I have written about the little semi-terrestrial snail Pedipes ovalis in this post and this post. A small number of them that I collected in Florida in April 2009 and brought home to Maryland stayed alive for several months and provided me with hours of fun and enlightenment.
The shell aperture of Pedipes ovalis is surrounded by two columellar and one prominent parietal teeth.
A characteristic of the genus is the anatomy of the foot, which is divided by a transverse groove into an anterior propodium and a posterior metapodium.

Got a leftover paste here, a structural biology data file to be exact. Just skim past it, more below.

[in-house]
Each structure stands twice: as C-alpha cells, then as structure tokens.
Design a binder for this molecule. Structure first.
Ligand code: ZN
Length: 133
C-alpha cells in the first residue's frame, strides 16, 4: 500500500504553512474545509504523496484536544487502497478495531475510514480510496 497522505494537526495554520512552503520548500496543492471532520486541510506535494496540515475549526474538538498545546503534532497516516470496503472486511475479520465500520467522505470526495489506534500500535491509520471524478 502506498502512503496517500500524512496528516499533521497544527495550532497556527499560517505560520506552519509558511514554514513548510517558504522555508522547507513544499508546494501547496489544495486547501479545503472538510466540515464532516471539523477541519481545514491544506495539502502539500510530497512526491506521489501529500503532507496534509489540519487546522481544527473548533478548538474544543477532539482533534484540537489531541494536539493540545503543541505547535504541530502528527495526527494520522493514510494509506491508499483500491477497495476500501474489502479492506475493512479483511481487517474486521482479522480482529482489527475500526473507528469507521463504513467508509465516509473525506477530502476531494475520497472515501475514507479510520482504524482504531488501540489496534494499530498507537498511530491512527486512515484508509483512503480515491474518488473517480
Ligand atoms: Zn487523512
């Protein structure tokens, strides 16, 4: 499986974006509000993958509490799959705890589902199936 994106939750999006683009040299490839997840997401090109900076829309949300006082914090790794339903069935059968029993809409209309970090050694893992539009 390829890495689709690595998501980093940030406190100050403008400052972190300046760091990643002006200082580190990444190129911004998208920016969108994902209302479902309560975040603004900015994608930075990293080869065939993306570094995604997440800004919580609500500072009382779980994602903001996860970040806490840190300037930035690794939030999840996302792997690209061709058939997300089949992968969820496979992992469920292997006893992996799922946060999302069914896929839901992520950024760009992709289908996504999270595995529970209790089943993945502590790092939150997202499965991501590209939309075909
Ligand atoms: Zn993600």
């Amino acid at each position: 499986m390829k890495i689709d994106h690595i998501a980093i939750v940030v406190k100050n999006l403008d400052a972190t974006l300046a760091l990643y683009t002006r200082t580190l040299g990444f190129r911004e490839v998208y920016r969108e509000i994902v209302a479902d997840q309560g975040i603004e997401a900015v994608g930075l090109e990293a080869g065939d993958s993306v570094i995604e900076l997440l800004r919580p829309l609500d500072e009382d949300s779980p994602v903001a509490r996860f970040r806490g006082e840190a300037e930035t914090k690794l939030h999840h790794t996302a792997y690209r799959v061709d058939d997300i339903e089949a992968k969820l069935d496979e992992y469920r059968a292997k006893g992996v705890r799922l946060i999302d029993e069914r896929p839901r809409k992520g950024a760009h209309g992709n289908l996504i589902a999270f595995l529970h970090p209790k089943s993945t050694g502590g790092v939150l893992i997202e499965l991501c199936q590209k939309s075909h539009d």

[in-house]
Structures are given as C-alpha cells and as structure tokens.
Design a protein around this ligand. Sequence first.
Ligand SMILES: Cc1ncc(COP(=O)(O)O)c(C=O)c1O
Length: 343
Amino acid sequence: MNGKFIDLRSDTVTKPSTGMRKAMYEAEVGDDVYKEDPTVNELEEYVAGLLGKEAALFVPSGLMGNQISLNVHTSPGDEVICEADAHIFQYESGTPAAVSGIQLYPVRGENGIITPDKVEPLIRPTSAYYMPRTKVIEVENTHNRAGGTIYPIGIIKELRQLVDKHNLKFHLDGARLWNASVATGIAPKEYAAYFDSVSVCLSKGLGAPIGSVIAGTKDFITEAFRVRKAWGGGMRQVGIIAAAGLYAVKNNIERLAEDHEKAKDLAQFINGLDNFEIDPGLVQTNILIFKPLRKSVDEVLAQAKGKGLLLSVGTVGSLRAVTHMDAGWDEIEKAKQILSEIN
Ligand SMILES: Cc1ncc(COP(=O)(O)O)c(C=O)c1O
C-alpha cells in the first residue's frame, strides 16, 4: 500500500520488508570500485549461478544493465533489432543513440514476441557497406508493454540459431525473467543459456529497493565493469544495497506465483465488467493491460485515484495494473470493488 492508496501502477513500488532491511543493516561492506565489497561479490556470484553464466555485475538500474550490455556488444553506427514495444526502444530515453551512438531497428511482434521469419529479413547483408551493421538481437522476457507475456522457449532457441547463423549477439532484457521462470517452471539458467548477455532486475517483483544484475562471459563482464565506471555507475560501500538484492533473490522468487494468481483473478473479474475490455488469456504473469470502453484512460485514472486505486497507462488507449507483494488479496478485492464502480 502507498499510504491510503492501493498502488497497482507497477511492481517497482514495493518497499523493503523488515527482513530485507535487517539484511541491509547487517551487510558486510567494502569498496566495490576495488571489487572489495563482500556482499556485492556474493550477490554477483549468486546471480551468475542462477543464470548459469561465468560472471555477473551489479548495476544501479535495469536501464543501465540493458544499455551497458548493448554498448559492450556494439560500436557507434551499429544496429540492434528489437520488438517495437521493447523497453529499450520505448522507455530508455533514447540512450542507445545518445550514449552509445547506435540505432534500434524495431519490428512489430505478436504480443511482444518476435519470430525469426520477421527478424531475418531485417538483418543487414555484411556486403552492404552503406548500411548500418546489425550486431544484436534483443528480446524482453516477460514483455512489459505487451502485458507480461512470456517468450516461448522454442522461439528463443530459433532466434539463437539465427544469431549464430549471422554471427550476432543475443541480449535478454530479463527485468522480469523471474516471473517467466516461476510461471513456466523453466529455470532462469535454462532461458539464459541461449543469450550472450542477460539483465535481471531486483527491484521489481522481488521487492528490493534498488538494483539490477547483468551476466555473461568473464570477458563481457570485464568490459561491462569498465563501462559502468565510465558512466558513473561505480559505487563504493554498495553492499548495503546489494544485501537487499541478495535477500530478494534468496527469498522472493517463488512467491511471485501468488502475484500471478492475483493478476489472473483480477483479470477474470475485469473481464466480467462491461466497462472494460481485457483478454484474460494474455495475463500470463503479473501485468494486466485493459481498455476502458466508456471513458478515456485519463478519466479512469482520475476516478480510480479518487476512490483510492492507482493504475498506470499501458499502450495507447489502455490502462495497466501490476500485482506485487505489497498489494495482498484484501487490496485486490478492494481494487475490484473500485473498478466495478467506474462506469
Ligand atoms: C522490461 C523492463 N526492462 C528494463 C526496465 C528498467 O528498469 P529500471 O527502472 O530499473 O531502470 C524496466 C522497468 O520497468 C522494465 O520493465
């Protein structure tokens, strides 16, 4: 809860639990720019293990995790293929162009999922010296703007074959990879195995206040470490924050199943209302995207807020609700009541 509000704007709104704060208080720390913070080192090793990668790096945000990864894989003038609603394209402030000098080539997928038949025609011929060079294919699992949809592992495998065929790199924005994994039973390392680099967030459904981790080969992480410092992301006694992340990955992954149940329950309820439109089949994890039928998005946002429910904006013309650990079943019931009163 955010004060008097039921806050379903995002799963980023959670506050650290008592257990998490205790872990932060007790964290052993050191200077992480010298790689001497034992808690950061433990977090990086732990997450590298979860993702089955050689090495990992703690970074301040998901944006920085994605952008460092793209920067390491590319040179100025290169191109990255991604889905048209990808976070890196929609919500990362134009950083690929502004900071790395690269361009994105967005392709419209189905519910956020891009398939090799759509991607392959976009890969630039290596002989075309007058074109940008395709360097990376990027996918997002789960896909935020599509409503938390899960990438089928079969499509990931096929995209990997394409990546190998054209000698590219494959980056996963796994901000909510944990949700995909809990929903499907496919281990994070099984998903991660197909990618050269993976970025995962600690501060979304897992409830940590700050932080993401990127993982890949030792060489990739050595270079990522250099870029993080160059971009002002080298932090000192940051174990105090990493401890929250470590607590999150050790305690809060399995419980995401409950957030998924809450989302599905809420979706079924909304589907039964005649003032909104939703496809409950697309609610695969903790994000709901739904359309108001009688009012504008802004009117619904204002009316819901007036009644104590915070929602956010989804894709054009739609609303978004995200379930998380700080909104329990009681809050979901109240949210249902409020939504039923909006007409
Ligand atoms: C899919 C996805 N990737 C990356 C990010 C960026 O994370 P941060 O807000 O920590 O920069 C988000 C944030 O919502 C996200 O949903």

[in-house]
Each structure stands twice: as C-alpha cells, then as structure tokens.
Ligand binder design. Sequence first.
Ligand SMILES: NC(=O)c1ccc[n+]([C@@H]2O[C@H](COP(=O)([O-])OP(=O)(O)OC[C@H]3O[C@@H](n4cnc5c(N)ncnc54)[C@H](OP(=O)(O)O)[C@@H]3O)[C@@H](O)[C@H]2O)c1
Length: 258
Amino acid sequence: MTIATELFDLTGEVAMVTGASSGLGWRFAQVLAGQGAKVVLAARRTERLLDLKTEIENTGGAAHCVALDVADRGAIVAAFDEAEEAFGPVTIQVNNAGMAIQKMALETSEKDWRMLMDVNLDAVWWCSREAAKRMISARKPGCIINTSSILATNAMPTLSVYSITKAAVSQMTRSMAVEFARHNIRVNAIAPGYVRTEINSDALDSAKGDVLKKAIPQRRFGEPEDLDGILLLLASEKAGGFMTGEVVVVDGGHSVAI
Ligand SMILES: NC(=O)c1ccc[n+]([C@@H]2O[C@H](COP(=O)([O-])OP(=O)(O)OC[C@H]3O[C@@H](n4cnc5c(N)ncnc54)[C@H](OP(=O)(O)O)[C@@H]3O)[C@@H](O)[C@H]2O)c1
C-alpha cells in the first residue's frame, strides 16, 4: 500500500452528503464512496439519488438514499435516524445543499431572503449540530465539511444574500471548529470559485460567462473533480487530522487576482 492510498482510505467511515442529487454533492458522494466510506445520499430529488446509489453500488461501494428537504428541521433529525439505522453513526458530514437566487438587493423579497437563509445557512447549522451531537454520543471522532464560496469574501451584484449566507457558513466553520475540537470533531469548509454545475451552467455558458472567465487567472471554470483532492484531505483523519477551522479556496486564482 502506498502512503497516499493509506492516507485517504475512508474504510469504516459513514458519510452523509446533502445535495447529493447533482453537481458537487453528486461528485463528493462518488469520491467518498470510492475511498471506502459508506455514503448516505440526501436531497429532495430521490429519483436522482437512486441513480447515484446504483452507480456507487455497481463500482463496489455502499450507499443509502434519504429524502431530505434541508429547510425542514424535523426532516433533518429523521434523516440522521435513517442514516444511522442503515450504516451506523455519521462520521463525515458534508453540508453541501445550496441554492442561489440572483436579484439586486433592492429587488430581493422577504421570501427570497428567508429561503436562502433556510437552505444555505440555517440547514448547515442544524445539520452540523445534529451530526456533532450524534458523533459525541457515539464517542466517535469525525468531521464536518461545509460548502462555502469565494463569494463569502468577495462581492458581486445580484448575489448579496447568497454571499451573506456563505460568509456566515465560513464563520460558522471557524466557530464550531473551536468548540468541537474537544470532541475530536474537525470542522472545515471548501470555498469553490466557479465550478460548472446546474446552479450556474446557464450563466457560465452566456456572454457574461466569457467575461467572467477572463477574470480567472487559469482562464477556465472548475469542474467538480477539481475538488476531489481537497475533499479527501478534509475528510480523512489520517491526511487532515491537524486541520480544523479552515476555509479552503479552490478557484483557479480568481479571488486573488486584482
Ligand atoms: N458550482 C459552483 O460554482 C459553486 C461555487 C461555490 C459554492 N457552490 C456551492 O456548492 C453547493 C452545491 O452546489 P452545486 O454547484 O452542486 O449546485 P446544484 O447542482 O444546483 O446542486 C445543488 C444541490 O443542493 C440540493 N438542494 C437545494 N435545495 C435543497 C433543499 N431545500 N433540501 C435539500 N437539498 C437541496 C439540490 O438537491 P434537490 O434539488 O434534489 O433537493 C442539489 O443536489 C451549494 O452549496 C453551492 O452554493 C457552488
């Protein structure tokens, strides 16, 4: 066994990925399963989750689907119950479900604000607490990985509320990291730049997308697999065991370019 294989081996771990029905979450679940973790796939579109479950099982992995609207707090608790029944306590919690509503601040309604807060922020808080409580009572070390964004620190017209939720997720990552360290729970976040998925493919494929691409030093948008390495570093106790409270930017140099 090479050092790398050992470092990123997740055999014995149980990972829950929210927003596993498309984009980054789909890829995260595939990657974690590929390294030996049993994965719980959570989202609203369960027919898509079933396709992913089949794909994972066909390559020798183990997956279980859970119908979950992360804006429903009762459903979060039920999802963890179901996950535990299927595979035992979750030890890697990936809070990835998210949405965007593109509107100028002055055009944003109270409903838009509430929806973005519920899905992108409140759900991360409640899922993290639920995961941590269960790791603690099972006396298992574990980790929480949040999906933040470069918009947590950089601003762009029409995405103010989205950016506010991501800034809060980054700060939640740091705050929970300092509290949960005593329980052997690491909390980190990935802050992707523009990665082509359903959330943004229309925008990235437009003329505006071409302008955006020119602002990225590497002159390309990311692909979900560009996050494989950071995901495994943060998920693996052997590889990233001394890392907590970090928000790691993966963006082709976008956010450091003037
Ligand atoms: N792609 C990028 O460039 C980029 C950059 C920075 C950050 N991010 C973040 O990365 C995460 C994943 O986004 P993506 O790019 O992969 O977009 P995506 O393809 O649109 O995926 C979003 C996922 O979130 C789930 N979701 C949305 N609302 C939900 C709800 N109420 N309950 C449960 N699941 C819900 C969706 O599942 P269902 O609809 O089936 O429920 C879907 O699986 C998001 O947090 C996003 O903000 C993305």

A casual examination of a specimen preserved in alcohol led me to a hypothesis to explain the function of the long parietal tooth. A short paper detailing my ideas just came out in Basteria, the journal of the Netherlands Malacological Society*.
Unfortunately, Basteria won't let me post the paper on the Web for a year. But if you want a pdf copy, send me an e-mail and I'll happy to send you one.
Here is the abstract from the paper.
When Pedipes ovalis withdraws into its shell, its foot is sequestered between the parietal and the columellar teeth, while the sinus above the parietal tooth encloses the portion of the mantle skirt with the pneumostome. This organization suggests that one function of the long parietal tooth characteristic of the genus is to prevent the snail’s foot from blocking the pneumostome.
*Örstan, A. 2010. A possible function of the parietal tooth of Pedipes (Gastropoda, Pulmonata, Ellobiidae). Basteria 74:111-114.